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The Grand Marshal position is an appointed office in the 1792 Grand Constitutions and after; this list includes all persons installed in that office beginning in 1792 (but does not include pro tem officers). Beginning in 1878, the Grand Marshal generally served the three years of a Grand Master's term, and the outgoing Grand Marshal was elected to Senior Grand Warden without opposition (with the exception of M. W. Richard J. Stewart, who was elevated to Grand Master). With one exception (Erwin D. Hill, who died in office in 1991), Grand Marshals have served the entirety of a Grand Master's term. Subsequent to this time two Grand Marshals, R. W. Robert J. McKechnie and M. W. Whitfield W. Johnson, served for two different Grand Masters, and R. W. Charles E. Phipps served three Grand Masters.


From TROWEL, Spring 2013, Page 25:

Grand Marshal to Grand Master
By Rt. Wor. Walter H. Hunt

The marshal of the lodge waits at the tyled door; he offers a slight bow to another man, with a marshal’s collar like his own, but his apron is purple, and the baton he carries and the collar he wears is gold. He escorts his guest to the west of the altar and stands back as the other man says, “Worshipful Master: the Grand Master is in the outer apartments for the purpose of making a fraternal visit to your lodge — and he will now be received.” A few polite words are spoken and the man with the gold baton and collar and purple Grand Lodge apron returns to the door. Soon he will enter the lodge room to applause and say, “The Most Worshipful . . . the Grand Master.”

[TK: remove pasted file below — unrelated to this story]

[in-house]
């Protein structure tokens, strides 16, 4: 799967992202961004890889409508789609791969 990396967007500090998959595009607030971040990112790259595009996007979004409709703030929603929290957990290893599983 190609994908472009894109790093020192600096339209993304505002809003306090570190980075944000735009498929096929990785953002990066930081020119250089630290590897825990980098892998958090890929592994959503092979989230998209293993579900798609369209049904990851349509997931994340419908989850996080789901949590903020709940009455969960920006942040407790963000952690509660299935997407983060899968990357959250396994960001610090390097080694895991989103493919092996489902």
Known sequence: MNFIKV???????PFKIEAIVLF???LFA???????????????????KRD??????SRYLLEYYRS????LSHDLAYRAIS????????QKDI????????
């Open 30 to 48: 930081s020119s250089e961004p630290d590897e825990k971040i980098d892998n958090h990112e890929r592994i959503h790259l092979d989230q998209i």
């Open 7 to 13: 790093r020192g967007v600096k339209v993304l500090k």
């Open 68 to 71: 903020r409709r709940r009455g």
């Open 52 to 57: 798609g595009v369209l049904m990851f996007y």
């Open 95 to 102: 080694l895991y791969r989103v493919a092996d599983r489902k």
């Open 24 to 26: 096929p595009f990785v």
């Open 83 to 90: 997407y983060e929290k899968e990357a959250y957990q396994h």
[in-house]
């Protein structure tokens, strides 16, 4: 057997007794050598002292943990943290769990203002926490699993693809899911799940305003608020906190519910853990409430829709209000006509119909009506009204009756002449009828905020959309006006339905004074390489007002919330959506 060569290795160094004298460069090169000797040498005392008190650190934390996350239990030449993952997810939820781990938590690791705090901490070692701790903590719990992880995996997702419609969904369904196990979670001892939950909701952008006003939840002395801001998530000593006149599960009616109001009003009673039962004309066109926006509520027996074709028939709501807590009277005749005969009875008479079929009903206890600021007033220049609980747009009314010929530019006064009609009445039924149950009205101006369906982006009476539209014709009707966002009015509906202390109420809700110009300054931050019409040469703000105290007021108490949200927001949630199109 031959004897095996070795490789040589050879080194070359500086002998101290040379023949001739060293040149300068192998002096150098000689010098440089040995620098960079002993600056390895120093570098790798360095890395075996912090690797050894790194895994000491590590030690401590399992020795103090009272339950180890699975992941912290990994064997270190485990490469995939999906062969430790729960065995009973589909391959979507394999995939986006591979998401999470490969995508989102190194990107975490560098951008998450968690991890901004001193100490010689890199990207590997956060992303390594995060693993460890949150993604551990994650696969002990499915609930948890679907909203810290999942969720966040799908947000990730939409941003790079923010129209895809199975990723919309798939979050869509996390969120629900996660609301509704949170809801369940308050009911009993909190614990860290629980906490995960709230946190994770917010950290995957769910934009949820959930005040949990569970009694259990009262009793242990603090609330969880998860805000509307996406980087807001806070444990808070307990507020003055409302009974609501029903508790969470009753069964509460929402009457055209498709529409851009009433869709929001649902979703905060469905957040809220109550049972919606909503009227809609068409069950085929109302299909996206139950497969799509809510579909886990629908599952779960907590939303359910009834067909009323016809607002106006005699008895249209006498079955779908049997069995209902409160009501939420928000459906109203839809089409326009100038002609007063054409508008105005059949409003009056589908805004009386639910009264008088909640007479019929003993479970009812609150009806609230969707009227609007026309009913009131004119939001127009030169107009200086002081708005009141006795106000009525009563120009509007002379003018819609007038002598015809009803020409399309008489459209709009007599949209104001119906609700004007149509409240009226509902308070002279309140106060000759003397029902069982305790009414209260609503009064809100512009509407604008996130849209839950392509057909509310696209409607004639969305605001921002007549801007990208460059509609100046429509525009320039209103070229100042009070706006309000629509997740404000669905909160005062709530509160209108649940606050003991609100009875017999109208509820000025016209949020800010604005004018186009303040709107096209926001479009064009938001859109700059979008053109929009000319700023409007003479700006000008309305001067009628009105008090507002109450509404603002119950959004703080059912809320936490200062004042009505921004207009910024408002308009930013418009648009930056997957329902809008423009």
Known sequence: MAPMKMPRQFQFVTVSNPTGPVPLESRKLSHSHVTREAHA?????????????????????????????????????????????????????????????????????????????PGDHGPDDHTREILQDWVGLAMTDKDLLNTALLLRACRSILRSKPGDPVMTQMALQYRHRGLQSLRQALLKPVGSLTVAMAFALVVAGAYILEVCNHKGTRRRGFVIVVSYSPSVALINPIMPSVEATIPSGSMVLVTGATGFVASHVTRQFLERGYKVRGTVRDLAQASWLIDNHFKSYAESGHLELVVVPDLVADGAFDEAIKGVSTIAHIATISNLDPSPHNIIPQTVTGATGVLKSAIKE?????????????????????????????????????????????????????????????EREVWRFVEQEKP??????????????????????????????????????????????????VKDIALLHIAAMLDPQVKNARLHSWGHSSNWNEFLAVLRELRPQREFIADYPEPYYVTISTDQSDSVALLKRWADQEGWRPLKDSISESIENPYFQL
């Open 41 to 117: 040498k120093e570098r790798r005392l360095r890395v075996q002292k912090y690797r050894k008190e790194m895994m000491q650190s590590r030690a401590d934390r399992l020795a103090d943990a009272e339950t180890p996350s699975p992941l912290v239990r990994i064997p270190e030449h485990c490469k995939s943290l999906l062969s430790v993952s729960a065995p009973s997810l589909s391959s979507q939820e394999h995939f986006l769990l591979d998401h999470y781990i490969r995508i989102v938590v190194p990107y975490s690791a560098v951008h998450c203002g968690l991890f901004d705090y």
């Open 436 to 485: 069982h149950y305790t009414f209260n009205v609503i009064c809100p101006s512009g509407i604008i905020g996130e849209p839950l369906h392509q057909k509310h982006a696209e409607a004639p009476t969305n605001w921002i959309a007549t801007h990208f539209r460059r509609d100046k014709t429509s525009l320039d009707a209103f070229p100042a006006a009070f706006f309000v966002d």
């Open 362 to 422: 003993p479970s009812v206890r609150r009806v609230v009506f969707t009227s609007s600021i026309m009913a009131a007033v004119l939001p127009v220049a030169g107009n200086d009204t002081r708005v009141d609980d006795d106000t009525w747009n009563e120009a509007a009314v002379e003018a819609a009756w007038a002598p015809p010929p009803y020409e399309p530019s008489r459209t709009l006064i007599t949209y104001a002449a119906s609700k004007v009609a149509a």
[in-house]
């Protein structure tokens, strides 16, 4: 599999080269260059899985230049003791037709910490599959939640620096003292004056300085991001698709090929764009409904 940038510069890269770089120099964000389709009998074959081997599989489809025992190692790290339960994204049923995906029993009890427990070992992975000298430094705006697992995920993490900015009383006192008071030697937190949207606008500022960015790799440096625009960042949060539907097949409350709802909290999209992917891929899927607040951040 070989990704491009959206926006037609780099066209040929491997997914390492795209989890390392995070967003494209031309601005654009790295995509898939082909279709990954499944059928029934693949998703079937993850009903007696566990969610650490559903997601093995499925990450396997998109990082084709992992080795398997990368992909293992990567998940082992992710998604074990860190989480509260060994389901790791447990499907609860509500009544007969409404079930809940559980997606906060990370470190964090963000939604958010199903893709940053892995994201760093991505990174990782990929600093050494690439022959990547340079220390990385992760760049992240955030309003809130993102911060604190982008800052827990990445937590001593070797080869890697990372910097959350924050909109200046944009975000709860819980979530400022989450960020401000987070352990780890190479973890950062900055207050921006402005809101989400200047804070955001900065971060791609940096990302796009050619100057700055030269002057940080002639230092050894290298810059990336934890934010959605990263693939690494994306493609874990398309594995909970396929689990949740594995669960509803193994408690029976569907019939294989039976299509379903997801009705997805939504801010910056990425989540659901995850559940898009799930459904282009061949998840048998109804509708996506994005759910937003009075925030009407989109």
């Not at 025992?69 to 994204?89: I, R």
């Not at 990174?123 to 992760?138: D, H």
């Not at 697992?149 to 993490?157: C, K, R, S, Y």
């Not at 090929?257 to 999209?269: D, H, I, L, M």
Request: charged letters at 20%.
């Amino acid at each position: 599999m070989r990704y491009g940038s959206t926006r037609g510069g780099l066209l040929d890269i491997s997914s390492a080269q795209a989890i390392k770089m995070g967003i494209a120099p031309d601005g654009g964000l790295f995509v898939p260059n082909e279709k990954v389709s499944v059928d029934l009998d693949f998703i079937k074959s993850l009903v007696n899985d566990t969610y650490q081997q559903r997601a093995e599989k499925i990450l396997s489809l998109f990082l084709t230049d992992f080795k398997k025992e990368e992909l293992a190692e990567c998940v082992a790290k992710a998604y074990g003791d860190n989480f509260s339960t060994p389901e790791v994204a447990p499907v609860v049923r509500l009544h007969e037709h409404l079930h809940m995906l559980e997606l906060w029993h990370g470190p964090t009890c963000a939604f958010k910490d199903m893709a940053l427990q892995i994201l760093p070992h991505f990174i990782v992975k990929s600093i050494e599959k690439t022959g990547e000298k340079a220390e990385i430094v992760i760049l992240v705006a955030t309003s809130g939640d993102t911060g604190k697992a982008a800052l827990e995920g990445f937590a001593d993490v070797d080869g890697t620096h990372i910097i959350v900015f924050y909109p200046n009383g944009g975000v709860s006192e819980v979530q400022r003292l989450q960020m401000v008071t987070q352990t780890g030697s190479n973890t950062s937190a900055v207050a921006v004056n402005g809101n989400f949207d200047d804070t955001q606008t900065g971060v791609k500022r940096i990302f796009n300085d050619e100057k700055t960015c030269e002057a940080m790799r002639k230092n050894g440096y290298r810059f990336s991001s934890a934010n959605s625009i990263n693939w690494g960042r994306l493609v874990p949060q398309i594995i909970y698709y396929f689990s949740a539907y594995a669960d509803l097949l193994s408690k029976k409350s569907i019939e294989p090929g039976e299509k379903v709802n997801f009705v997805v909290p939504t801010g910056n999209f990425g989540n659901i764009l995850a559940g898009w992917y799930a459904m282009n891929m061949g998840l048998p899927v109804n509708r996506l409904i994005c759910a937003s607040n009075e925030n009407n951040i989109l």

He is the grand marshal of the Grand Lodge of Massachusetts, and any master and any lodge receiving the Grand Master will get to know him quite well.

I was in the Grand Lodge library at a recent Quarterly Communication, and a Grand Lodge permanent member, who was incidentally a past grand marshal, asked me an interesting question. “How many grand marshals have been elected Grand Master?” He named a few recent ones. “Three or four, right?”

I named a few more, and a quick perusal of my resources turned up others. The actual answer is twelve; of the 87 Grand Masters to serve our Grand Lodge, twelve of them have served as grand marshal, arranging processions and announcing the Grand Master and making sure the protocol is followed and the seating is correct. No Grand Master can do without his grand marshal. In recent times — at least for the last century — the grand marshal is rewarded with election to the post of senior grand warden, making him a permanent member of our Grand Lodge. Our current Grand Master, a past deputy grand master, did not receive this award; instead, he was elevated to his present status. Here are the men who have moved from the baton to the tricorne.

Benjamin Russell. The man who defined the grand marshal’s role, he was first appointed grand marshal by Most Worshipful Paul Revere in 1795, and served in that capacity for fifteen years during the terms of Grand Masters Revere, Bartlett, Dunn, Thomas and Bigelow. He was elected junior and senior grand warden before becoming Grand Master in 1814–1816.

Edward A. Raymond. He was grand marshal during an extremely difficult period in Massachusetts Masonic history, the early 1830s. He served in this capacity for Grand Master Elijah Crane, his successor John Abbot, and during the first year of the term of Joshua Flint. He was elected Grand Master in 1849 and served three years.